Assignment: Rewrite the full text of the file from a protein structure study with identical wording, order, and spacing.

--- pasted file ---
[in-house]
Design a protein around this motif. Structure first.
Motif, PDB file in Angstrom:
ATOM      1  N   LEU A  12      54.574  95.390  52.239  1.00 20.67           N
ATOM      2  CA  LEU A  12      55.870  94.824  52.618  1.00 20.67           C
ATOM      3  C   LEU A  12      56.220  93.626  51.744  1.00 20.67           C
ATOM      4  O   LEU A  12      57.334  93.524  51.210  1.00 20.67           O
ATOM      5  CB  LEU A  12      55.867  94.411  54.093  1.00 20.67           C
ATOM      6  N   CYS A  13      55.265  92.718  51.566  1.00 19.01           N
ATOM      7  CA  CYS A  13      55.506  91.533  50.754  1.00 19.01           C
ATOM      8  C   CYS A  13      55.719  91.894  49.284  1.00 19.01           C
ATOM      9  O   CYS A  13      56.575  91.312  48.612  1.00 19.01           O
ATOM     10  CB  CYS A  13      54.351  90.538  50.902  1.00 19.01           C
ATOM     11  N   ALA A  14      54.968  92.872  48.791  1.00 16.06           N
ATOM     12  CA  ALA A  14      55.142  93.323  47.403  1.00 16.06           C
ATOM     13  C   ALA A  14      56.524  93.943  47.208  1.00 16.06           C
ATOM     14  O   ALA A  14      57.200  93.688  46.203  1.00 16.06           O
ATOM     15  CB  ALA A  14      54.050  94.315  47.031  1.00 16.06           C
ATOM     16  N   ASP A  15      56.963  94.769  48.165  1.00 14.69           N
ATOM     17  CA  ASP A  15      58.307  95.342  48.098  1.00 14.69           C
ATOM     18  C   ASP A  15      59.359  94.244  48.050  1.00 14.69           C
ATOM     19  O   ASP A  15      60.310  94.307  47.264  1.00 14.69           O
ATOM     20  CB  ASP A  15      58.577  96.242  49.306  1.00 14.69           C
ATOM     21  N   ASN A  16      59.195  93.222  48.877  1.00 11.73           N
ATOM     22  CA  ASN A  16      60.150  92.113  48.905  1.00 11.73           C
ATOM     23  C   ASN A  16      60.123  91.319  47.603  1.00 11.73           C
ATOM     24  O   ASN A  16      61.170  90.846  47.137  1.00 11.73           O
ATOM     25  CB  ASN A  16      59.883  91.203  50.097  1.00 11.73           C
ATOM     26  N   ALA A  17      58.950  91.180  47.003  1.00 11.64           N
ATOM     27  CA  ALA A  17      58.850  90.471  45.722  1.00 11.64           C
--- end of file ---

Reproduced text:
[in-house]
Design a protein around this motif. Structure first.
Motif, PDB file in Angstrom:
ATOM      1  N   LEU A  12      54.574  95.390  52.239  1.00 20.67           N
ATOM      2  CA  LEU A  12      55.870  94.824  52.618  1.00 20.67           C
ATOM      3  C   LEU A  12      56.220  93.626  51.744  1.00 20.67           C
ATOM      4  O   LEU A  12      57.334  93.524  51.210  1.00 20.67           O
ATOM      5  CB  LEU A  12      55.867  94.411  54.093  1.00 20.67           C
ATOM      6  N   CYS A  13      55.265  92.718  51.566  1.00 19.01           N
ATOM      7  CA  CYS A  13      55.506  91.533  50.754  1.00 19.01           C
ATOM      8  C   CYS A  13      55.719  91.894  49.284  1.00 19.01           C
ATOM      9  O   CYS A  13      56.575  91.312  48.612  1.00 19.01           O
ATOM     10  CB  CYS A  13      54.351  90.538  50.902  1.00 19.01           C
ATOM     11  N   ALA A  14      54.968  92.872  48.791  1.00 16.06           N
ATOM     12  CA  ALA A  14      55.142  93.323  47.403  1.00 16.06           C
ATOM     13  C   ALA A  14      56.524  93.943  47.208  1.00 16.06           C
ATOM     14  O   ALA A  14      57.200  93.688  46.203  1.00 16.06           O
ATOM     15  CB  ALA A  14      54.050  94.315  47.031  1.00 16.06           C
ATOM     16  N   ASP A  15      56.963  94.769  48.165  1.00 14.69           N
ATOM     17  CA  ASP A  15      58.307  95.342  48.098  1.00 14.69           C
ATOM     18  C   ASP A  15      59.359  94.244  48.050  1.00 14.69           C
ATOM     19  O   ASP A  15      60.310  94.307  47.264  1.00 14.69           O
ATOM     20  CB  ASP A  15      58.577  96.242  49.306  1.00 14.69           C
ATOM     21  N   ASN A  16      59.195  93.222  48.877  1.00 11.73           N
ATOM     22  CA  ASN A  16      60.150  92.113  48.905  1.00 11.73           C
ATOM     23  C   ASN A  16      60.123  91.319  47.603  1.00 11.73           C
ATOM     24  O   ASN A  16      61.170  90.846  47.137  1.00 11.73           O
ATOM     25  CB  ASN A  16      59.883  91.203  50.097  1.00 11.73           C
ATOM     26  N   ALA A  17      58.950  91.180  47.003  1.00 11.64           N
ATOM     27  CA  ALA A  17      58.850  90.471  45.722  1.00 11.64           C